Dr. Jacqueline Gerhart: Too much weight gain during pregnancy has a few negatives

UW Health Family Medicine physician Dr. Jacqueline GerhartMadison, Wisconsin - UW Health Family Medicine physician Jacqueline Gerhart writes a column that appears Tuesdays on madison.com and in the Wisconsin State Journal. Columns are re-published here with permission.


Dear Dr. Gerhart: 


I'm 30 weeks pregnant and I have gained 40 pounds. My doctor said that I might be gaining too much weight. But I just crave food. Does gaining more weight hurt the baby? 


Dear Reader: 


Congratulations on your pregnancy! Being 30 weeks along is an exciting time. Chances are that you no longer have nausea or morning sickness that is usually associated with early pregnancy. You also may be finding it a bit more difficult to get around to do your normal tasks. The lack of nausea — and the ability to eat more — combined with the decreased desire to exercise may be contributing to the weight gain. 


Remember that the weight you gain during pregnancy is not only your baby. In other words, you won't be having a 40 pound baby! You are gaining weight to support the baby's placenta (which is baby's source of nutrients), and the fluid that the baby sits in (called the amniotic fluid). You are also gaining breast mass, increasing needed fat stores and expanding your blood volume. 


There is no steadfast rule regarding how much weight to gain in pregnancy. The ideal amount depends on your starting weight and body mass index (BMI). In general, I recommend that patients who are underweight pre-pregnancy gain between 30–40 pounds during pregnancy. Those who are normal weight I suggest gain about 25-35 pounds and those who are overweight should gain about 15-25 pounds. 

These estimates change and vary depending on both mom's health and baby's health. For example, having twins or having a history of low birth weight babies may change this estimate. 


Gaining too much weight in pregnancy is often uncomfortable. Some people notice leg swelling, back pain, or feel overheated. You also are more likely to develop high blood pressure or diabetes during pregnancy with excessive weight gain. High blood pressure may affect your blood flow to the placenta, which can lead to a more serious condition called preeclampsia, or could necessitate that you deliver the baby early to prevent complications to you or your baby. Diabetes may affect your baby's sugar metabolism, may cause a larger baby, or may necessitate that you need help pushing the baby out. (This can mean the person delivering your baby may need to use special tools, may make a cut in your vaginal area to allow more space, or may need to do a C-section ). Also, if you develop diabetes in pregnancy, both you and your baby are more likely to develop type 2 diabetes later in life.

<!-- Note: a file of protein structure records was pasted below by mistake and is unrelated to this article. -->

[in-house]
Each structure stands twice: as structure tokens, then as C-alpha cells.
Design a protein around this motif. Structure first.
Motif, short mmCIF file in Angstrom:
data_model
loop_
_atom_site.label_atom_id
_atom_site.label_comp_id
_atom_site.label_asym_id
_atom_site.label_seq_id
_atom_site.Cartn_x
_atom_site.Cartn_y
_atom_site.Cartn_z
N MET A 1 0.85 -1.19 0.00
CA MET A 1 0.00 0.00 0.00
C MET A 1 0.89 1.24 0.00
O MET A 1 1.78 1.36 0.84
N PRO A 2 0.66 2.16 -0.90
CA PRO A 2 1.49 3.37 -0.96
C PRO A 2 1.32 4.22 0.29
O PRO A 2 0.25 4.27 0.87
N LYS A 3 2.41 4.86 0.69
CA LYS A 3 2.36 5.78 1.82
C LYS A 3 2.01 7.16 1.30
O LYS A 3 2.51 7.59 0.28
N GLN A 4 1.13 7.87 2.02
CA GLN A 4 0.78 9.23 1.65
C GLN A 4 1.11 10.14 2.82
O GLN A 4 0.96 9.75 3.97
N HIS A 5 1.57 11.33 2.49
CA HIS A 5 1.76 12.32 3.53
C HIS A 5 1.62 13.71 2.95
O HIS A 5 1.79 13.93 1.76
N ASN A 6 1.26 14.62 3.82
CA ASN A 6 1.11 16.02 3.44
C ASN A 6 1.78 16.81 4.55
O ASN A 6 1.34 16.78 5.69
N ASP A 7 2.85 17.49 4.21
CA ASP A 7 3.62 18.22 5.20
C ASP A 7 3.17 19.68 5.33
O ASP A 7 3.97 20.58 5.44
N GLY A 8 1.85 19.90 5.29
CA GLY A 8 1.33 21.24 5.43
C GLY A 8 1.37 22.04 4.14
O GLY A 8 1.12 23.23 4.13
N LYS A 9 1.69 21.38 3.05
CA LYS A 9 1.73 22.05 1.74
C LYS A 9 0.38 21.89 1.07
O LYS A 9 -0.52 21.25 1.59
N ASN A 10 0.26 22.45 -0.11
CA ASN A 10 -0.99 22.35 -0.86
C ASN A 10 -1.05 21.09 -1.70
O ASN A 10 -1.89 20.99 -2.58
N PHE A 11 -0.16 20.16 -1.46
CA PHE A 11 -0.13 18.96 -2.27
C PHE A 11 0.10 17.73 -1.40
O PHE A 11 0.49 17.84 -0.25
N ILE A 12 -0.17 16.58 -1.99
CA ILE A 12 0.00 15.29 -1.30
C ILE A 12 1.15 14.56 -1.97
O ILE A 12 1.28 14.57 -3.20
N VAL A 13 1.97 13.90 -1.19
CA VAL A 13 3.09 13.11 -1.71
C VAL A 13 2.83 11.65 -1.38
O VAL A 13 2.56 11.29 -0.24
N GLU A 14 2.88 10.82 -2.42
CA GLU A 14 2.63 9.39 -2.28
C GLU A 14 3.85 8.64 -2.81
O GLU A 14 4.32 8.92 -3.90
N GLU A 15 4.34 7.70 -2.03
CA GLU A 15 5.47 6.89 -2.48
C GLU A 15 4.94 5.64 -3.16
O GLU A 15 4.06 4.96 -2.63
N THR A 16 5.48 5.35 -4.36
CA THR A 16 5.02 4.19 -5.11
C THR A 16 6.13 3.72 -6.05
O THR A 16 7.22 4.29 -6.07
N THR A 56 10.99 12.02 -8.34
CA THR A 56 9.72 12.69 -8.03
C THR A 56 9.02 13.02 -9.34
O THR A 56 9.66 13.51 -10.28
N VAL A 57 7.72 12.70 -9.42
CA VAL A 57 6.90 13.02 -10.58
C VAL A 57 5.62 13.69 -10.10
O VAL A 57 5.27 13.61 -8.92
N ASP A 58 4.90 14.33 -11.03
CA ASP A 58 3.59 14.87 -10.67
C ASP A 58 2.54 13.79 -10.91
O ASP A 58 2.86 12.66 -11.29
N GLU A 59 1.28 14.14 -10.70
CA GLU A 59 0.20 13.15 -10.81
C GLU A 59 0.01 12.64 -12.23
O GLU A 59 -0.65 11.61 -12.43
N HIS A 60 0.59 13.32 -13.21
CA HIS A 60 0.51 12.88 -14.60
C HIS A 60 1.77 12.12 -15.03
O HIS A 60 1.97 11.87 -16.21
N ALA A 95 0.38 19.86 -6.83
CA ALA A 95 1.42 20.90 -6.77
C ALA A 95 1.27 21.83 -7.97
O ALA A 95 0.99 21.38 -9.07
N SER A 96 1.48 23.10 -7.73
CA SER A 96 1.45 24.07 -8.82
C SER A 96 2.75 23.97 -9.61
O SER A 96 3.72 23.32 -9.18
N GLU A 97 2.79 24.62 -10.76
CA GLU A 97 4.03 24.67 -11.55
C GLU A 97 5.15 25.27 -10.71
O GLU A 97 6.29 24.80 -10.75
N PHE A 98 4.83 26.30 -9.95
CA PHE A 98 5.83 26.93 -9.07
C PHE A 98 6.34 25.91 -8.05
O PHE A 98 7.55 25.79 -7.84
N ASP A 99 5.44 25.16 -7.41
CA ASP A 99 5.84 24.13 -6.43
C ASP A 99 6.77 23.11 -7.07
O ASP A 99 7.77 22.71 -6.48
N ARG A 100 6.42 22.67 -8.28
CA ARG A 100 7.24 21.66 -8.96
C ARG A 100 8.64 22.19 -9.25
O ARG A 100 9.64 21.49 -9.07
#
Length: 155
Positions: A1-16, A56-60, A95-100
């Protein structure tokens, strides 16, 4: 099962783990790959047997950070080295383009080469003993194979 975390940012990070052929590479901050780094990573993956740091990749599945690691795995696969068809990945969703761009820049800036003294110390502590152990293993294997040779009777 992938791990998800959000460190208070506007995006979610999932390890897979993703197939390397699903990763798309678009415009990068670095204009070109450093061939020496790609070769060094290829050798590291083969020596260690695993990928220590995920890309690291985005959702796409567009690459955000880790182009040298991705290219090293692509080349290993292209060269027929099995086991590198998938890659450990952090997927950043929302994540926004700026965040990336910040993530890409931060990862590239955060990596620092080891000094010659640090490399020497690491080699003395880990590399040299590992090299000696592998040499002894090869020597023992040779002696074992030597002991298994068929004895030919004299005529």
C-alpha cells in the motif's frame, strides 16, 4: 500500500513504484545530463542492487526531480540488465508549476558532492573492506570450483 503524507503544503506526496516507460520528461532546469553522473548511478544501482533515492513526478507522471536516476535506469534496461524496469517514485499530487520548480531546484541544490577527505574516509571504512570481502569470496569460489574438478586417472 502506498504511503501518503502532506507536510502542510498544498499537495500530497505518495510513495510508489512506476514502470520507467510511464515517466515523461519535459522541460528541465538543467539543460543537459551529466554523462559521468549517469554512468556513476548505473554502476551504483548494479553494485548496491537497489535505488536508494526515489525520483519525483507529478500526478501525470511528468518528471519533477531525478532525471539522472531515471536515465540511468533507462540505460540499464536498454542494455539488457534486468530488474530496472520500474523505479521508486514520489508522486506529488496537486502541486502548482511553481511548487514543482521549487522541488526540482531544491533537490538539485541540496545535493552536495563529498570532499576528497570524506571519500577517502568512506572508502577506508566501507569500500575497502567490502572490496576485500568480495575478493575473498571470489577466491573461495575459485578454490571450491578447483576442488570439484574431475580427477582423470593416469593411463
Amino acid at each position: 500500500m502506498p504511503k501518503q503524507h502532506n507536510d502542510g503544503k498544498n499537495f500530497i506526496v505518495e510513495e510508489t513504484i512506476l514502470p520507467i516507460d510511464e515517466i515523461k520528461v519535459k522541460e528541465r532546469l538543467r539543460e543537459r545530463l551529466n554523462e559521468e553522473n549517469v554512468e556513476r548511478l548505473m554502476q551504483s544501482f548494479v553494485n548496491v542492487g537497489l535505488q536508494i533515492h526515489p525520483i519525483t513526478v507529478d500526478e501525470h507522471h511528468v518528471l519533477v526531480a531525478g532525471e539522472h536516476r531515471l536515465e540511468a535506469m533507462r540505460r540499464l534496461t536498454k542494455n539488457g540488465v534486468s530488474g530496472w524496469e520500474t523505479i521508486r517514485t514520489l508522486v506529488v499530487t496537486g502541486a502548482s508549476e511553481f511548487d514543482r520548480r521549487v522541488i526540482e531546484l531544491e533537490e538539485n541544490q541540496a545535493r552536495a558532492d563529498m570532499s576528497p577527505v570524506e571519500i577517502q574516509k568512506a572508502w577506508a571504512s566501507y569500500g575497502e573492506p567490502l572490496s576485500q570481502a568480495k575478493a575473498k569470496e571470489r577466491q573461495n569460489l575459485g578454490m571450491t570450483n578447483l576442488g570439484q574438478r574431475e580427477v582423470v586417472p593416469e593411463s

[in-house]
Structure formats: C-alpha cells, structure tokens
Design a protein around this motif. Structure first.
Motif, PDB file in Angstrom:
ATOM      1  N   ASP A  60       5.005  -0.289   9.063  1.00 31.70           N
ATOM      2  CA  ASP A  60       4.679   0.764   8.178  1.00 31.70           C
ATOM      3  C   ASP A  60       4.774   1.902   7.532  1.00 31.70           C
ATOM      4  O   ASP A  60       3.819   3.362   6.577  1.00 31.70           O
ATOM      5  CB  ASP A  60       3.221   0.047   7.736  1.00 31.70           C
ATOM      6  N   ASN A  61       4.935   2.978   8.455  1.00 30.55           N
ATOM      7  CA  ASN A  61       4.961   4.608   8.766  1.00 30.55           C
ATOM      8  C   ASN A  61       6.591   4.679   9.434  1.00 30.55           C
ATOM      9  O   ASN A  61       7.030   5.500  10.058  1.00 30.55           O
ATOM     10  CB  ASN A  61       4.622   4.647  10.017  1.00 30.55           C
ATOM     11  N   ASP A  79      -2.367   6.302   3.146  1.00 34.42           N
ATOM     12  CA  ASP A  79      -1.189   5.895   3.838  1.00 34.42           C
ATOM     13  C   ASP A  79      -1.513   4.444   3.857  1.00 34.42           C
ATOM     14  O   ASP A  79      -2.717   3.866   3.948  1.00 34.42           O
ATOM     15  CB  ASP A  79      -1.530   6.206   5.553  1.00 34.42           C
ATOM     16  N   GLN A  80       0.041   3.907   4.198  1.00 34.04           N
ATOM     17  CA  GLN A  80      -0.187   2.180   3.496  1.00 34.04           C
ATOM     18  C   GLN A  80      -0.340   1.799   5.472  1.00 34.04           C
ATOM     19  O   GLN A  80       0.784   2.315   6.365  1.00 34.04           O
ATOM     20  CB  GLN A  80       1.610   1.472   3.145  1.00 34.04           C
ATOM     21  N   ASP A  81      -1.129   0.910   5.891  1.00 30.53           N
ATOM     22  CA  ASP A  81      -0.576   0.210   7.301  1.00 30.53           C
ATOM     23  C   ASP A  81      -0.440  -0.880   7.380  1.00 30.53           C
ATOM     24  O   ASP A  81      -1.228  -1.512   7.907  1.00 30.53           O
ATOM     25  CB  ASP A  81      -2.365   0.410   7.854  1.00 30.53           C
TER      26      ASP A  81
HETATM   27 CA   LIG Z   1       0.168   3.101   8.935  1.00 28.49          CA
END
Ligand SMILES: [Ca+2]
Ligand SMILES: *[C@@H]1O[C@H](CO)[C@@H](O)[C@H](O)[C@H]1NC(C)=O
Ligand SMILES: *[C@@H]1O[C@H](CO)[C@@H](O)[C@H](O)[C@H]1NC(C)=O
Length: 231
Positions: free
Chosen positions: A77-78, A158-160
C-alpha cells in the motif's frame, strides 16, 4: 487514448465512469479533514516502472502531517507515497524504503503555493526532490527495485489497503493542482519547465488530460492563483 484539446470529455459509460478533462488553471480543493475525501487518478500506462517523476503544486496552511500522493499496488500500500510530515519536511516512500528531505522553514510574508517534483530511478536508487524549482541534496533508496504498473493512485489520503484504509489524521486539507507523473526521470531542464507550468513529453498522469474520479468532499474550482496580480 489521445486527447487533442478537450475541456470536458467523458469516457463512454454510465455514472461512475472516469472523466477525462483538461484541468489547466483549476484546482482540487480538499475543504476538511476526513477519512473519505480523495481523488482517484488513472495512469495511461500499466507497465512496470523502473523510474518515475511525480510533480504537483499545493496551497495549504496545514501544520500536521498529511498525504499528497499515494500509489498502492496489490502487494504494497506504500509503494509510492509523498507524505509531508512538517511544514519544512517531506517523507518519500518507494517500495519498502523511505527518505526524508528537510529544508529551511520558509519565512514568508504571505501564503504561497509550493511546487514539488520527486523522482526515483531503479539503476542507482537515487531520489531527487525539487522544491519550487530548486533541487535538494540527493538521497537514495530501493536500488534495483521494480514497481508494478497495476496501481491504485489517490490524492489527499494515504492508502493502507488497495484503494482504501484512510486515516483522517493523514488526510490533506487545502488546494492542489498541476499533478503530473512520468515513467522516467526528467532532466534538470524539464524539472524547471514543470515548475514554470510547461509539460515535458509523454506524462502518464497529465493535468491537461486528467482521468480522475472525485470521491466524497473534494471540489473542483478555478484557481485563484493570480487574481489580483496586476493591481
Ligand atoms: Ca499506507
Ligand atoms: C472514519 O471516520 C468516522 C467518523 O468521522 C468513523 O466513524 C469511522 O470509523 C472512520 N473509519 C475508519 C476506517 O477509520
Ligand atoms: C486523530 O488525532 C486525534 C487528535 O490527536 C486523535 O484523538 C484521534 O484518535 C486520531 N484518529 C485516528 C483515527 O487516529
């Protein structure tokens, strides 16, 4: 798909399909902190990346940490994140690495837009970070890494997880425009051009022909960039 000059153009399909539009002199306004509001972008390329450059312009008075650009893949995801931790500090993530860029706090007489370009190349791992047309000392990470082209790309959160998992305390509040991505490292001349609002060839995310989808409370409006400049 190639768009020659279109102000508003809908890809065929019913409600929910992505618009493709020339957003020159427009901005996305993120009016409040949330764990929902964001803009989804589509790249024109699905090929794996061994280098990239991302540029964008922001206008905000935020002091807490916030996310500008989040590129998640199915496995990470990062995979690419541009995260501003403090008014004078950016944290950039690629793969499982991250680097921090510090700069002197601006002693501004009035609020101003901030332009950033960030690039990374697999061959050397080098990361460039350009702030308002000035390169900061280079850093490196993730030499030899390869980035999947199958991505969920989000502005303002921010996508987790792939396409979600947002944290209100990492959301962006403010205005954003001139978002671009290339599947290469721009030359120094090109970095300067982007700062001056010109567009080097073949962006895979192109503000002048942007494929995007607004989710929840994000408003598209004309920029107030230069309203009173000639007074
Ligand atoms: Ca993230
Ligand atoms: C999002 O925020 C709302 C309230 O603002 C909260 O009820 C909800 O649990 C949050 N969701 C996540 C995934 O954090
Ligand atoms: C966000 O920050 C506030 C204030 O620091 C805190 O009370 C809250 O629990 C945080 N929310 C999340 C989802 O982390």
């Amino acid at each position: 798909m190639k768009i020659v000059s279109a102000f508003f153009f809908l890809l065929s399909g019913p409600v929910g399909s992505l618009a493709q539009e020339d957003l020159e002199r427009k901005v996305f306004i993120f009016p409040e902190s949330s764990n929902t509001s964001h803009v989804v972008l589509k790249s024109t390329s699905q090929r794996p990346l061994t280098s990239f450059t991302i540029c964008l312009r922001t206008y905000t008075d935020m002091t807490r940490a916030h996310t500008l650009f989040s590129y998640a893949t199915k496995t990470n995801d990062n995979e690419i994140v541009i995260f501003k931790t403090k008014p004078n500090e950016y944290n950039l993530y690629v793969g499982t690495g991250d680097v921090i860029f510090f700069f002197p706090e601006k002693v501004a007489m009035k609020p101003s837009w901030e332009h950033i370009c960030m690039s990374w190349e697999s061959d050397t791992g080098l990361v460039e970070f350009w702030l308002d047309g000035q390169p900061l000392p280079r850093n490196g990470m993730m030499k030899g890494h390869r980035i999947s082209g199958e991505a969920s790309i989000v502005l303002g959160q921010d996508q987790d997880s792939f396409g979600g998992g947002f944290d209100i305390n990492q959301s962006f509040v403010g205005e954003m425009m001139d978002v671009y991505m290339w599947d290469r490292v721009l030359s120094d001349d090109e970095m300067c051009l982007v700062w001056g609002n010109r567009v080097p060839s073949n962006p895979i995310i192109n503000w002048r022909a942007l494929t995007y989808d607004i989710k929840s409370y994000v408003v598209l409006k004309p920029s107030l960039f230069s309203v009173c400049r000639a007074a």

With all that being said, most people who gain more than their goal weight in pregnancy have healthy kids and remain healthy themselves. But if you want to reduce your risk, try this advice: Stick to eating about 300 calories more per day than what you did pre-pregnancy. Continue to include activity or exercise in your schedule, and try to lower your stress levels as much as possible. 


Congrats again, you are almost there! 



This column provides general health information and is not specific advice intended for any particular individual(s). It is not a professional medical opinion or a diagnosis. Always consult your personal health care provider about your concerns. No ongoing relationship of any sort (including but not limited to any form of professional relationship) is implied or offered by Dr. Gerhart to people submitting questions.


Date Published: 12/27/2011

News tag(s):  jacqueline l gerhart

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